Monday, January 4, 2016

A drunk is a drunk is a drunk

   Seamus O'Regan has already suffered his first self-inflicted setback on the road to personal recovery. 
   The Newfoundland Liberal MP and former national media personality didn't have to go public with his(?) decision to seek counselling for alcoholism.  He could have done what the overwhelming majority of recovering alcoholics do and walked into a community center or church basement, where he'd be just another drunk at an Alcoholics Anonymous meeting.  Instead, he made a grand pronouncement on social media that he was going to a "wellness program" in pursuit of an "alcohol-free lifestyle".  
   Those sugar-coated platitudes might make for good optics, but for anyone who knows anything about real recovery, they smack of denial and violate not one but two of the fundamental traditions of AA:

- "Our public relations policy is based on attraction rather than promotion; we need always maintain personal anonymity at the level of press, radio, and films."

- "Anonymity is the spiritual foundation of all our traditions, ever reminding us to place principles before personalities." 

   Contrary to outside perception, anonymity is not about protecting the alcoholic from the "stigma" of alcoholism.  It's about protecting the AA program.  "Principles before personalities" puts everyone in the fellowship on equal footing.  The only time there's a most-important-person-in-the-room is when a newcomer walks in the door, whether they're an unemployed labourer, a rock star or the honourable member for St. John's South-Mount Pearl. O'Regan has already compromised his prospects for recovery by going public with a battle that cannot be won without a significant measure of humility, which in recovery is born in no small part of anonymity.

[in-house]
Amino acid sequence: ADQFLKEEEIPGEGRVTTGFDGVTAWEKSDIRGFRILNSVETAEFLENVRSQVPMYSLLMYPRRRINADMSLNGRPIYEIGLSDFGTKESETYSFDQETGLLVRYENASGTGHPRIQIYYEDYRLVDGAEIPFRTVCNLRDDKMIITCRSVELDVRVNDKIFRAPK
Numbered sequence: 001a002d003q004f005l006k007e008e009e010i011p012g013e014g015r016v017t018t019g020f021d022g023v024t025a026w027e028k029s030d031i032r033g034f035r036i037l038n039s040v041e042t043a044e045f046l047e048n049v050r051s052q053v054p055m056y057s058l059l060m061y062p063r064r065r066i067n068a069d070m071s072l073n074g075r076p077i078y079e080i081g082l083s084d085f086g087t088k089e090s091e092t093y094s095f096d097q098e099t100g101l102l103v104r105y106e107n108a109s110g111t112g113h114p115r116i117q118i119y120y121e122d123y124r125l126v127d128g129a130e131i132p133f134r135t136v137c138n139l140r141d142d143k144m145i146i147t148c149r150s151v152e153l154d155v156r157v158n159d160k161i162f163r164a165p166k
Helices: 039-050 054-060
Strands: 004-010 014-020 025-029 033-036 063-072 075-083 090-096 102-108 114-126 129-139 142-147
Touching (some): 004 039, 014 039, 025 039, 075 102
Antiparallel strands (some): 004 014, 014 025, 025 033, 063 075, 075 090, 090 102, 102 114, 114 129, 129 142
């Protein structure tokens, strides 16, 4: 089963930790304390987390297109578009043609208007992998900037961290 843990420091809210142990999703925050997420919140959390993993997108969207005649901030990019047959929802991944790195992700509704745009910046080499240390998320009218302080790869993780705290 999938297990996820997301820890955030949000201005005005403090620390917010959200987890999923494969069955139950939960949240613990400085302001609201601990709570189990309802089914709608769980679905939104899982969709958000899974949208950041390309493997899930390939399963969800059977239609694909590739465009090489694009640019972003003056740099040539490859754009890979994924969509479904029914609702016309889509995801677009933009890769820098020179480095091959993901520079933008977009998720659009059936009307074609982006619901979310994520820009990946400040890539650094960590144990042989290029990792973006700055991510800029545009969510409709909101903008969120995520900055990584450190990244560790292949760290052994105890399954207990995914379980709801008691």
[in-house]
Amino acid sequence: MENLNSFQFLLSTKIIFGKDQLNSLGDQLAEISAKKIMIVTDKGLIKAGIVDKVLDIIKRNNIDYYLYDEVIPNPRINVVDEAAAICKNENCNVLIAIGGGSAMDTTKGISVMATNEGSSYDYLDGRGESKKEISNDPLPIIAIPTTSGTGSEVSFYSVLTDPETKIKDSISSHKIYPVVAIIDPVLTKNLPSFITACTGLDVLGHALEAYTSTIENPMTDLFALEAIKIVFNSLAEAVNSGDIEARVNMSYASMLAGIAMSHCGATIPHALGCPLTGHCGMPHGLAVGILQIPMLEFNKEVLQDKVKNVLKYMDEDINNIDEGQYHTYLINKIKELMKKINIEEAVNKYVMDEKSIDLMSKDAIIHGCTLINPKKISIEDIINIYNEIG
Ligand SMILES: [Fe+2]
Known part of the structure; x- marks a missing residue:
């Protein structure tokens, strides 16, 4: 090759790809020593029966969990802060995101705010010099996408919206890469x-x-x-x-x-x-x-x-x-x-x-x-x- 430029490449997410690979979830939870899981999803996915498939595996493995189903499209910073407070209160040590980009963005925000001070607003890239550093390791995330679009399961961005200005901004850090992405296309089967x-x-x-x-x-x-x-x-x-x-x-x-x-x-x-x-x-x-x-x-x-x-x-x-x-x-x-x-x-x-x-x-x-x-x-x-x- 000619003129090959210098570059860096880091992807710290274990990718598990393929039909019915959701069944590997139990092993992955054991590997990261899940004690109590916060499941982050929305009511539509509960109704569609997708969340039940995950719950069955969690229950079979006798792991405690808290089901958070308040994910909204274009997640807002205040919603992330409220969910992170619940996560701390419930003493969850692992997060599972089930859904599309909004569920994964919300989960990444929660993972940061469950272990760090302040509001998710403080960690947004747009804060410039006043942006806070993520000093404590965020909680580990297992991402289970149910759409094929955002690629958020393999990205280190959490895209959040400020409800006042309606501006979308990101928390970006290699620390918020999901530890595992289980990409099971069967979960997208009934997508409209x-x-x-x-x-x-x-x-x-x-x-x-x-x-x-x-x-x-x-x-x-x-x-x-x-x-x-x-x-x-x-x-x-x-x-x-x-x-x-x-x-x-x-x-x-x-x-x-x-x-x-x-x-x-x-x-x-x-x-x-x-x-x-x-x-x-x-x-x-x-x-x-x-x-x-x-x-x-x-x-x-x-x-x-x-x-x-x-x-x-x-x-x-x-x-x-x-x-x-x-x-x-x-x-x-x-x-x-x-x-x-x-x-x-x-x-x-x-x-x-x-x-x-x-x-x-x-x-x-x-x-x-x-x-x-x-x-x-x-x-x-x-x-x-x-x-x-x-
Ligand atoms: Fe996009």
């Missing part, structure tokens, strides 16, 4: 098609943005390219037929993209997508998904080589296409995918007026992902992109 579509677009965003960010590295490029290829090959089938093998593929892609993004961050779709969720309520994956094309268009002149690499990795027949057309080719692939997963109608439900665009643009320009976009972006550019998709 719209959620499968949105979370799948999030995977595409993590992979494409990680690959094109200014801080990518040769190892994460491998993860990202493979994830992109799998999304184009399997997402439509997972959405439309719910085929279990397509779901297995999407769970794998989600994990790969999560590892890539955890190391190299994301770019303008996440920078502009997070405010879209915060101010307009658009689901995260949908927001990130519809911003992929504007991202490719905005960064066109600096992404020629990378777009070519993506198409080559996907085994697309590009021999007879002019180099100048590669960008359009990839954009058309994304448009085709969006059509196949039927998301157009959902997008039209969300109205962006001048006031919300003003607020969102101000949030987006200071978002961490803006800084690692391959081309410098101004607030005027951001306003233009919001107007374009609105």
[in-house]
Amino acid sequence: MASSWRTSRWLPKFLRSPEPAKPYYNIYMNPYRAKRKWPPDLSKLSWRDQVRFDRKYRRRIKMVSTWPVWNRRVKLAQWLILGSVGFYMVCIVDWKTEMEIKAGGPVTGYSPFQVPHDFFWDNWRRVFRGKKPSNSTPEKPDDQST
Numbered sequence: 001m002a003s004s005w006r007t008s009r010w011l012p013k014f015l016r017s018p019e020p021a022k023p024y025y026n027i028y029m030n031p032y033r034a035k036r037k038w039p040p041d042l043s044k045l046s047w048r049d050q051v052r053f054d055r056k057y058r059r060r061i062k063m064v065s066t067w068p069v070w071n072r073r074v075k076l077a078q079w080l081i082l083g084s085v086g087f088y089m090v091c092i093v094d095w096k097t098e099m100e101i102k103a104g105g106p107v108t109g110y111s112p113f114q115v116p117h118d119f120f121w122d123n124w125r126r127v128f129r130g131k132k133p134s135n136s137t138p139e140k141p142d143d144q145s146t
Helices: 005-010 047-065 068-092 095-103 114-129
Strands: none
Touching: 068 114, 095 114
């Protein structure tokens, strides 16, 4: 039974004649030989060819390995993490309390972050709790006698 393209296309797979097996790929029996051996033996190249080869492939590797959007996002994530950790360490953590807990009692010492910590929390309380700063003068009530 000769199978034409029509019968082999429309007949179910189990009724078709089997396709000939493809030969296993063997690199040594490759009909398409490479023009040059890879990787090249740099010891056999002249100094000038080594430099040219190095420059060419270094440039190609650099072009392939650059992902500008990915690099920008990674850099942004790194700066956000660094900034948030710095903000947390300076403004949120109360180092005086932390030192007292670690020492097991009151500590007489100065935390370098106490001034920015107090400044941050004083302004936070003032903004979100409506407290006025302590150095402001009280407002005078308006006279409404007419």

How do I know all of this?  I've been an AA member in good standing for nearly 19 years.  By disclosing that, I'm violating the very traditions cited above and setting aside my own humility (or what there is of it), but when I posted on social media that O'Regan was ill-advisedly - if unwittingly - distancing himself from "regular" drunks who go to AA meetings to get sober, I was quickly set upon by AA detractors whose predictable myth-making needs to be challenged and debunked.  
   The most common misrepresentation of Alcoholics Anonymous is that it's a religious cult.  AA is not a religious program; it's a spiritual program.  There's a big difference.  Unlike organized religion, AA does not mandate that salvation can only come through certain beliefs.  The program's literature makes clear that the 12 steps to recovery are suggestions, and that they are best practiced through a God of your understanding.  Your higher power could be the biblical God.  It could be the AA group.  It could be Mother Earth, Father Time, Brother Theodore or Sister Sledge - whatever works for you.  
   The cult canard is the most easily dismissed fallacy about AA.  Cults are built around personalities, and we've already established principles before personalities as an AA cornerstone.  "Cult" also suggests forced membership, but as far as AA members are concerned, you're free to come and go as you please.  AA's detractors like to cite books and studies that demonstrate the program's low success rate, but they overlook, conveniently ignore or just flat out don't realize that people who don't make it invariably fall by the wayside because they couldn't or wouldn't put in the work.  No one who doesn't want it is going to get it.  In my experience in the program, the success rate among people who are truly willing to go to any lengths to get sober is 100 percent.